Tuning a Carbureted LS

Necessary Tweaks

Jake Amatisto Feb 6, 2014 0 Comment(s)
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There will forever be something cool about a simple carburetor under the hood of your hot rod. Even though in these days of smart phones, iPads, and specifically in our world, self-learning EFI and programmable ignitions, some gearheads, even those with the modern third generation small-block, like to have the carb as an option. We have to admit that even though we love the easy power and affordability of the Gen III SBC, it's an ugly engine. The coil packs and wiring clutters the engine bay and without relocating them or going with aftermarket coil covers, these late model motors lack the smoothness of a conventional small-block, especially if you're sporting one in an old muscle car.

Such was the case for the mildly-cammed LQ9 we dropped in our 1966 Chevelle project car. Our goal was to put together an LS that looked like a factory GM powerplant from the 1960's. By using a carbureted LS intake manifold from Edelbrock (PN 71187) painted Chevy Orange and a 650 cfm Holley four barrel, we planned to make a new engine look nostalgic, while maintaining the factory coil-on-plug ignition. To do so, we set the car up with MSD's 6LS ignition system (PN 6010), which is the simplest way we've found to swap a carb onto the LS powerplant. By working off of the LS' 24-tooth reluctor wheel (MSD's 6LS-2 works off of the 58-tooth wheel), the 6LS box handles your LS engine's timing (not fuel) and can either be programmed with different timing curves with a laptop computer, vacuum style advance, or pre-programmed chips you plug into the box. By being able to map different ignition curves, adding nitrous or boost to your combination is easy and MSD's comprehensive Pro-Data+ software makes navigation a breeze. By the way, to install this piece you only need four connections; the coils, the MAP sensor, the crank sensor, and the cam sensor.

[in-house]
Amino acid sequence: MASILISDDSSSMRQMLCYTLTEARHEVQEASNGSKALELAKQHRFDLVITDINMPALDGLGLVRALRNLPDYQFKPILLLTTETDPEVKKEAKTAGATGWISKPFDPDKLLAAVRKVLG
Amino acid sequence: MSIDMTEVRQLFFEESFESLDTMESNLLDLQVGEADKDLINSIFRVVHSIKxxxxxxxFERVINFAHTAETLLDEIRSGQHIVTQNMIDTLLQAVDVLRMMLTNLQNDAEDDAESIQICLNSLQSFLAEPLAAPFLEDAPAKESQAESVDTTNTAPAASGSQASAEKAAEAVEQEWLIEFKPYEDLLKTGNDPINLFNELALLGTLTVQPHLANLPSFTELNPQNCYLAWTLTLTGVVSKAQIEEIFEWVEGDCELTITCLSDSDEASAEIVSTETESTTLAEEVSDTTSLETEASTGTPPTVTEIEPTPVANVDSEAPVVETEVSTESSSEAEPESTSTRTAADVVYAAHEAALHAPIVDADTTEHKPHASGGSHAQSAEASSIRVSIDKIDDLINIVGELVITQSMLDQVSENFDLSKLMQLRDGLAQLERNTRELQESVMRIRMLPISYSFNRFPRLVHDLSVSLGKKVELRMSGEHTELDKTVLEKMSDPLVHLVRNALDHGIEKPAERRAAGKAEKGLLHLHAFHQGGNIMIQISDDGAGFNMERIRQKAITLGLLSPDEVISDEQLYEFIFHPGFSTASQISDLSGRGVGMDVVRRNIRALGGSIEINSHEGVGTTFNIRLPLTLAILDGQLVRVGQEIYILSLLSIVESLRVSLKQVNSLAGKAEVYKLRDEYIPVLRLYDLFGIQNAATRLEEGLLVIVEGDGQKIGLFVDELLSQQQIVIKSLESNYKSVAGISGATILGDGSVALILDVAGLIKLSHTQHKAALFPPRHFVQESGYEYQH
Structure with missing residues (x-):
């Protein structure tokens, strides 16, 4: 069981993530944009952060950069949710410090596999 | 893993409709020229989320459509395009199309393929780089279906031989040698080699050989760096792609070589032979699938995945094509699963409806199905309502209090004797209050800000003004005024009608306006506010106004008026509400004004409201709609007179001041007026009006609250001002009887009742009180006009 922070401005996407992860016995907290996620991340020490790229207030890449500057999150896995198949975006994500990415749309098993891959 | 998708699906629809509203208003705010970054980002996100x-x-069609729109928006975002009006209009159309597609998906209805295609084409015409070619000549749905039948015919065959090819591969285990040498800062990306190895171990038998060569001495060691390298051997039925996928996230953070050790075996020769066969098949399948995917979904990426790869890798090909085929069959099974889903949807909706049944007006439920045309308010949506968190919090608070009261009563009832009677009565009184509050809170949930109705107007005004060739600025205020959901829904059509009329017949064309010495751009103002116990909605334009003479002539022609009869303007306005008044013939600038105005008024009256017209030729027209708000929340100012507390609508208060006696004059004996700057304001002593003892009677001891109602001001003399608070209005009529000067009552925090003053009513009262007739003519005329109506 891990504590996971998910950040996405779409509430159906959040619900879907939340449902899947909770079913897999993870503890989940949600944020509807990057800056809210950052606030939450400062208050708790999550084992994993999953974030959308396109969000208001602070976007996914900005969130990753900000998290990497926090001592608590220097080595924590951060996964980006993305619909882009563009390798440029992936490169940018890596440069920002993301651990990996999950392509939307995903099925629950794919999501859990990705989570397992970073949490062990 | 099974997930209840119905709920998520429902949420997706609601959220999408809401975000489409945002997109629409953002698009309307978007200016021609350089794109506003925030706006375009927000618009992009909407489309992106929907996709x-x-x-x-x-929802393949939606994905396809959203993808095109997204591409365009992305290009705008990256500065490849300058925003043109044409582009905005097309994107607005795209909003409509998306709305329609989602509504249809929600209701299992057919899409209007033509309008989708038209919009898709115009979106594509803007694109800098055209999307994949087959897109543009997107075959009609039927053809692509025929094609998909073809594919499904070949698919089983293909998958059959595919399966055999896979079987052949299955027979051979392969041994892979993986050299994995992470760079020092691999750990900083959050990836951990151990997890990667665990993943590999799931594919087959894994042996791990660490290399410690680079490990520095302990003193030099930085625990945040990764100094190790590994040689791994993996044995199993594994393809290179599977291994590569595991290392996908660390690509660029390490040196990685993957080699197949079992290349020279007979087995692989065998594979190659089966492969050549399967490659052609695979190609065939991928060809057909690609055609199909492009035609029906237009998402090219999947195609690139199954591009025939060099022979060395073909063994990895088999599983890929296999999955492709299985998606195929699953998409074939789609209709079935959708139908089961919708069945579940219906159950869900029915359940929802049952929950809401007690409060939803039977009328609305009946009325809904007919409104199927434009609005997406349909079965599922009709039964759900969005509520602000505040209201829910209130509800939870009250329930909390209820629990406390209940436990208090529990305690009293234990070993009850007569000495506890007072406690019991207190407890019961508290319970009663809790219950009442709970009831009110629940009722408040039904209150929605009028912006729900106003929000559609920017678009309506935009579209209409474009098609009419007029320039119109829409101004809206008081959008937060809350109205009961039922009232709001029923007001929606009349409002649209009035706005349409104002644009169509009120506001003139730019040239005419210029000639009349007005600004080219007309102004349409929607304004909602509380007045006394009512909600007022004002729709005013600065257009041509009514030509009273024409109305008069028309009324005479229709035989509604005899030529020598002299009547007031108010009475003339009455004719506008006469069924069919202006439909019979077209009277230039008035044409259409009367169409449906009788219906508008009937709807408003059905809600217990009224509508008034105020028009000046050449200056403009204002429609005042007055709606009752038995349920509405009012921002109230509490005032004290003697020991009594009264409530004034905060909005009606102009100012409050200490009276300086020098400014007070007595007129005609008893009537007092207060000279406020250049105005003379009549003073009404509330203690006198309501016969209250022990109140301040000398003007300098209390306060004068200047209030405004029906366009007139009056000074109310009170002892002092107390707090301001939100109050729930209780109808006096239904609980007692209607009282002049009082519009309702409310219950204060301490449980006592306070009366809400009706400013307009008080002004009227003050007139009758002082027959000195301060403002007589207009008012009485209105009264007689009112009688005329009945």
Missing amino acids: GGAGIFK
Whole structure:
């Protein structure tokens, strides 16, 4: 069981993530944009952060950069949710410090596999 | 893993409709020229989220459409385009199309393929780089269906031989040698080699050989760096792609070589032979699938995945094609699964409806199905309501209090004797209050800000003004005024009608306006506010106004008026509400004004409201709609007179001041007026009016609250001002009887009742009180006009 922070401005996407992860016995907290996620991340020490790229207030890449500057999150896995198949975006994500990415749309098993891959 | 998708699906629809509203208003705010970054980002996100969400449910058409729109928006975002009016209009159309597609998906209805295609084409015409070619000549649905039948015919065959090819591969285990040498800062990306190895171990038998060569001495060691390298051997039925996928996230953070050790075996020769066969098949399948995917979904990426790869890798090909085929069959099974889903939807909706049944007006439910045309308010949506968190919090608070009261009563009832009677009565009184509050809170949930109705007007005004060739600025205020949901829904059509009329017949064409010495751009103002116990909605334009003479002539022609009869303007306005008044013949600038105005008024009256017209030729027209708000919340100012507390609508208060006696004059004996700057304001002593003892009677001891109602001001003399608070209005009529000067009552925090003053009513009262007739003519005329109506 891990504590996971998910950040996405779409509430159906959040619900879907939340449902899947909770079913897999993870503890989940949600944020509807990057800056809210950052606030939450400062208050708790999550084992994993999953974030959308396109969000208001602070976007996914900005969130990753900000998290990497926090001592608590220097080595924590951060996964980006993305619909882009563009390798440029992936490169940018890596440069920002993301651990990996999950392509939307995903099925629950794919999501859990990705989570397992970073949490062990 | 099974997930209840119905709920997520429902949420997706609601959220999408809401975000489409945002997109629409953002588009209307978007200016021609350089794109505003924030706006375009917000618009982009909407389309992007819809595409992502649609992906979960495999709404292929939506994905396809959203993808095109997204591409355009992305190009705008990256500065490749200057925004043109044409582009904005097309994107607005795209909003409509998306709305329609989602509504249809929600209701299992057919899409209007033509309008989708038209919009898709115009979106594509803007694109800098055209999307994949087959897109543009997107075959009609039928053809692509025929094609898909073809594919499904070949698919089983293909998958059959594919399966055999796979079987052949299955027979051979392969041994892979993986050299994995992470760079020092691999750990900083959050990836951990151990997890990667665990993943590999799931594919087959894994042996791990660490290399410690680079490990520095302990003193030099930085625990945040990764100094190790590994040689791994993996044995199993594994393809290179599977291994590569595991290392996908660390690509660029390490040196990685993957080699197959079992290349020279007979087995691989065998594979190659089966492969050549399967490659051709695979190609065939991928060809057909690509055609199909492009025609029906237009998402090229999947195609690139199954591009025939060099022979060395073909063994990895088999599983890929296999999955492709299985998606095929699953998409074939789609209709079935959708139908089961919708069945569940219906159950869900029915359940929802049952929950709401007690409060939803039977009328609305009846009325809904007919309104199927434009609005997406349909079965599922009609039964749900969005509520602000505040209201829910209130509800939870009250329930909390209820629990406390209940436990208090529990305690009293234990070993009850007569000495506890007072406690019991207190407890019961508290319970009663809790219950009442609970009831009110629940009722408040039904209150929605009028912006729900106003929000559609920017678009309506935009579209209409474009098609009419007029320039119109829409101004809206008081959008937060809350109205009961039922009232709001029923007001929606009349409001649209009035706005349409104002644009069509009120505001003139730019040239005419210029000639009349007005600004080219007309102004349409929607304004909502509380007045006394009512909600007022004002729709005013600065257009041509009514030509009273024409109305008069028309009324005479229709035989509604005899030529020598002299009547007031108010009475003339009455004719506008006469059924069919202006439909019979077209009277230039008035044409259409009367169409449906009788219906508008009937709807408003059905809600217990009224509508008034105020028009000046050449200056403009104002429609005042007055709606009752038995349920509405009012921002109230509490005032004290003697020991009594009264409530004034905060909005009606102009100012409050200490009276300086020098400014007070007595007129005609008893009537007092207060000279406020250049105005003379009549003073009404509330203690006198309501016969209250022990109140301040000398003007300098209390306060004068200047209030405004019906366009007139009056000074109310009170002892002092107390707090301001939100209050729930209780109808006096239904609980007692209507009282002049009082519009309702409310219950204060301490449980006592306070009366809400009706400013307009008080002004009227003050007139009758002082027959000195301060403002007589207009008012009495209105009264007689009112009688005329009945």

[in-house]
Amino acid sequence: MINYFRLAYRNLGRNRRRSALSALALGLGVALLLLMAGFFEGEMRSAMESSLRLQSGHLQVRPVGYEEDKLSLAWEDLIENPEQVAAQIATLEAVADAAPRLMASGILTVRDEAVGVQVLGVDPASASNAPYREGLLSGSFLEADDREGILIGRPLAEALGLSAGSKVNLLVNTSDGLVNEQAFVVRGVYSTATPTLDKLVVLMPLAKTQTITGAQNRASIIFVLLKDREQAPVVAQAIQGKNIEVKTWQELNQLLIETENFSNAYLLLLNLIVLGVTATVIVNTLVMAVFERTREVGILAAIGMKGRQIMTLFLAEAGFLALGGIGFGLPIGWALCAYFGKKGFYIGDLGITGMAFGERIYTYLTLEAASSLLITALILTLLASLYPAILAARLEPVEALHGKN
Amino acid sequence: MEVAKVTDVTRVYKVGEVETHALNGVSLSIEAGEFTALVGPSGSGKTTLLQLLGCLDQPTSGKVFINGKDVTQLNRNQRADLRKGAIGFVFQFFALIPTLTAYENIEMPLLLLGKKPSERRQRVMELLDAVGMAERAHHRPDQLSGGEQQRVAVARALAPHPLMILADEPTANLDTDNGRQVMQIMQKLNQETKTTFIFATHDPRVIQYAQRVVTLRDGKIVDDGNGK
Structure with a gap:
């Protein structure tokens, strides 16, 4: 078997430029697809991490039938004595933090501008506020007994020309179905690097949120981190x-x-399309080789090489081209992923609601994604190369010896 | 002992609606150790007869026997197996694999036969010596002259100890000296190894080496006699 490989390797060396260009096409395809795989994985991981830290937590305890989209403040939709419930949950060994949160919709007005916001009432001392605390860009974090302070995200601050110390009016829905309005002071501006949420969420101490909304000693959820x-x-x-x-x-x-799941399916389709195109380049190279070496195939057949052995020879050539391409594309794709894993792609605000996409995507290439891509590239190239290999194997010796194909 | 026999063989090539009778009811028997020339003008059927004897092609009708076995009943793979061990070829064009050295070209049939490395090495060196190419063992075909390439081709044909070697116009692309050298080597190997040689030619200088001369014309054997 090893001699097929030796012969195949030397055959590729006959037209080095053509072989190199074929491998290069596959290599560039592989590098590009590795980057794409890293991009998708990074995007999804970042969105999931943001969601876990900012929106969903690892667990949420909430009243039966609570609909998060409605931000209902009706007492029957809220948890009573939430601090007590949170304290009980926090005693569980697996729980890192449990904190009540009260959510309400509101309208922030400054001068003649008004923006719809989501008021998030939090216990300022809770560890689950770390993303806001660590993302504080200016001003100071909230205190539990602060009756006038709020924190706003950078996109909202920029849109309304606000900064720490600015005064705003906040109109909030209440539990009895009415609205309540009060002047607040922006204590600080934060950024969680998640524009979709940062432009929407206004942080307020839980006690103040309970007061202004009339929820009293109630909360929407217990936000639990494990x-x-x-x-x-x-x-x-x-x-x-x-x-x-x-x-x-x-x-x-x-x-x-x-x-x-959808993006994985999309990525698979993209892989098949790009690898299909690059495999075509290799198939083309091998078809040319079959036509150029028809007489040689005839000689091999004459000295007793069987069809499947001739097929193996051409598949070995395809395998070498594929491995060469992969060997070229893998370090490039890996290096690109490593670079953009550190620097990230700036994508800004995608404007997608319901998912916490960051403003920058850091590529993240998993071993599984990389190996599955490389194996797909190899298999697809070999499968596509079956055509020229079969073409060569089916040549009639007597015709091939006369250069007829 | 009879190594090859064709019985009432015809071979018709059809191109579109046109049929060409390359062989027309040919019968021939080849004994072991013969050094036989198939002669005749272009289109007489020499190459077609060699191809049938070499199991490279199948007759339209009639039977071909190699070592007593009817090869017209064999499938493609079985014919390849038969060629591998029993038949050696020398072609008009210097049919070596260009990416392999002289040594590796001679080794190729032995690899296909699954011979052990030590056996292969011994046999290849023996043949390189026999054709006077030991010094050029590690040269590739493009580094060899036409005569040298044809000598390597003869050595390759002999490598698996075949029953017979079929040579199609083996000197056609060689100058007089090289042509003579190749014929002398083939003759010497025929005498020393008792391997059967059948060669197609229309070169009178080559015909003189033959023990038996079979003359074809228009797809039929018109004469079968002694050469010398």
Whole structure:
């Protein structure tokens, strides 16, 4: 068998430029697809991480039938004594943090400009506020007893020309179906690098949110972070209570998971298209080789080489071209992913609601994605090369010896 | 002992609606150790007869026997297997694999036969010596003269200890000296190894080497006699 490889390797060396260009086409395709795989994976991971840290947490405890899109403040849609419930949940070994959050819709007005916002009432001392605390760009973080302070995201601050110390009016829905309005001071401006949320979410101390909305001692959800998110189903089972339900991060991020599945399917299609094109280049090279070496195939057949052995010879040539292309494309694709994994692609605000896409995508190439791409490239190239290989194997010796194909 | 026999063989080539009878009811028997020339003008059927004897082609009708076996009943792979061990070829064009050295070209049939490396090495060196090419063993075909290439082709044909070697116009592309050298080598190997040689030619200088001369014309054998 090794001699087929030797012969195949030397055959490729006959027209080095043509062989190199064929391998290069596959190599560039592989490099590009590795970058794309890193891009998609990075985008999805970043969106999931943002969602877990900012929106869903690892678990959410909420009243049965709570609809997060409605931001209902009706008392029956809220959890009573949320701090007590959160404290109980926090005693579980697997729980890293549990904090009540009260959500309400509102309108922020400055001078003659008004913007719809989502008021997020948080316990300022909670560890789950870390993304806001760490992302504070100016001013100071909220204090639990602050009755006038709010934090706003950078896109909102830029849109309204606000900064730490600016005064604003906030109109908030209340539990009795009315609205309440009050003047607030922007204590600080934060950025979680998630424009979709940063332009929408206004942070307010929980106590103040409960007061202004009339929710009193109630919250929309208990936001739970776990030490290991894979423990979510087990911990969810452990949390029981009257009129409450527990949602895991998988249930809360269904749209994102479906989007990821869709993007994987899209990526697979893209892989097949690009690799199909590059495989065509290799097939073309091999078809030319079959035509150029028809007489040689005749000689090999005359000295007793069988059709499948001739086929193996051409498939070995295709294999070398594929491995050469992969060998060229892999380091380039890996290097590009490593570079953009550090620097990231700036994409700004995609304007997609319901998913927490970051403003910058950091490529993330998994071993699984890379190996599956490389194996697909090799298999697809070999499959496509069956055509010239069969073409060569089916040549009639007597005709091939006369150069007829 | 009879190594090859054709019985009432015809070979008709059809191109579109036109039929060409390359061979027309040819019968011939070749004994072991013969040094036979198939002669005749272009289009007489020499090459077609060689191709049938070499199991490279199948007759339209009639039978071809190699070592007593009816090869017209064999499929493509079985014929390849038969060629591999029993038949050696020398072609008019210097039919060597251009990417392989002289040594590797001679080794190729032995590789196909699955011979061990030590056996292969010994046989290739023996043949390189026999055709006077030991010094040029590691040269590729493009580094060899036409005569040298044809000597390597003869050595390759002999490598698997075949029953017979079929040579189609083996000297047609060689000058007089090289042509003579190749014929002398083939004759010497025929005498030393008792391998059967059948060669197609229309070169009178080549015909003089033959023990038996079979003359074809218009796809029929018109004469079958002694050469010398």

Msd Ignition 2/14

We had our nostalgic LQ9 engine in our Chevelle and running in no time, but like all brand new engine combos, it needed some tweaks for it to run as well as possible. It ran very rich (10.5:1 A/F ratio) and when you matted the throttle we could hear some detonation (pinging). Also, when we'd shut it off it wanted to keep running. Plus, we didn't know if the pre-programmed timing ramp chip we were running was even correct for a street car. Of course, wondering how much horsepower it put to the wheels was another reason why we contacted Westech Performance Group in Mira Loma, California. Master tuner Eric Rhee was able to work his magic and get the most from our reliable combo by adjusting the timing ramps and tweaking the carburetor and we even managed to pick up some horsepower while he was at it too. Here's what he did to make our Chevelle's tune ideal.

Quick Specs

  • Runs a carbureted LS engine without complicated EFI hardware
  • Map a timing curve using Pro-Data+ software
  • Programmable two-step rev limiter, vacuum advance curve and step retard
  • Direct plug-in to factory components
  • Programmable via a PC through MSD's Pro-Data+ software
  • Does NOT control fuel

1966 Chevy 3/14

1. If you’re not familiar with the ’66 A-body we’ve been playing with lately; it’s LQ9-powered with an overdrive auto trans that made 495 hp on Westech’s engine dyno. We aimed to find out what it could make to the wheels once the tune-up was right.

Adjust Mixture Screws Of Holley Four 4/14

2. To smooth out the idle, Eric adjusted the mixture screws of our Holley four barrel. This simple step can help off-idle drivability. “We started with the basics,” Eric said. “If the mixture screws are all adjusted differently it can create stumbling issues or erratic idle.”

Rollers To 6000 5/14